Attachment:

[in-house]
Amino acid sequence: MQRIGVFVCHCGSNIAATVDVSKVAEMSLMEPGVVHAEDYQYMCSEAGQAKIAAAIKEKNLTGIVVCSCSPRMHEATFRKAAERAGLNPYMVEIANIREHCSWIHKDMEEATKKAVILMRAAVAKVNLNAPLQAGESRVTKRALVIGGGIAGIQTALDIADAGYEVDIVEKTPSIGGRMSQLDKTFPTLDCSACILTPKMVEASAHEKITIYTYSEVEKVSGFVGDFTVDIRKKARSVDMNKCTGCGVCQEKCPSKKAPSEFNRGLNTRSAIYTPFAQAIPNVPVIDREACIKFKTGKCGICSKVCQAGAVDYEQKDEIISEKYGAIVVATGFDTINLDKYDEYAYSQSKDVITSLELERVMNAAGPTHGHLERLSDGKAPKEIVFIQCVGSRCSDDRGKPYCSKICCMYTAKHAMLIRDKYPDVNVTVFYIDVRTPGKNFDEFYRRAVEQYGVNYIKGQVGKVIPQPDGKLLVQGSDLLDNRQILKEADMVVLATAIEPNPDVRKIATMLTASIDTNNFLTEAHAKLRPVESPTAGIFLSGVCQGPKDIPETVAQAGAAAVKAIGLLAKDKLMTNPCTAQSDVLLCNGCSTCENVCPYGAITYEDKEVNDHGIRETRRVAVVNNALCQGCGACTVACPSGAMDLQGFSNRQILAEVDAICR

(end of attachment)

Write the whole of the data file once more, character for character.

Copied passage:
[in-house]
Amino acid sequence: MQRIGVFVCHCGSNIAATVDVSKVAEMSLMEPGVVHAEDYQYMCSEAGQAKIAAAIKEKNLTGIVVCSCSPRMHEATFRKAAERAGLNPYMVEIANIREHCSWIHKDMEEATKKAVILMRAAVAKVNLNAPLQAGESRVTKRALVIGGGIAGIQTALDIADAGYEVDIVEKTPSIGGRMSQLDKTFPTLDCSACILTPKMVEASAHEKITIYTYSEVEKVSGFVGDFTVDIRKKARSVDMNKCTGCGVCQEKCPSKKAPSEFNRGLNTRSAIYTPFAQAIPNVPVIDREACIKFKTGKCGICSKVCQAGAVDYEQKDEIISEKYGAIVVATGFDTINLDKYDEYAYSQSKDVITSLELERVMNAAGPTHGHLERLSDGKAPKEIVFIQCVGSRCSDDRGKPYCSKICCMYTAKHAMLIRDKYPDVNVTVFYIDVRTPGKNFDEFYRRAVEQYGVNYIKGQVGKVIPQPDGKLLVQGSDLLDNRQILKEADMVVLATAIEPNPDVRKIATMLTASIDTNNFLTEAHAKLRPVESPTAGIFLSGVCQGPKDIPETVAQAGAAAVKAIGLLAKDKLMTNPCTAQSDVLLCNGCSTCENVCPYGAITYEDKEVNDHGIRETRRVAVVNNALCQGCGACTVACPSGAMDLQGFSNRQILAEVDAICR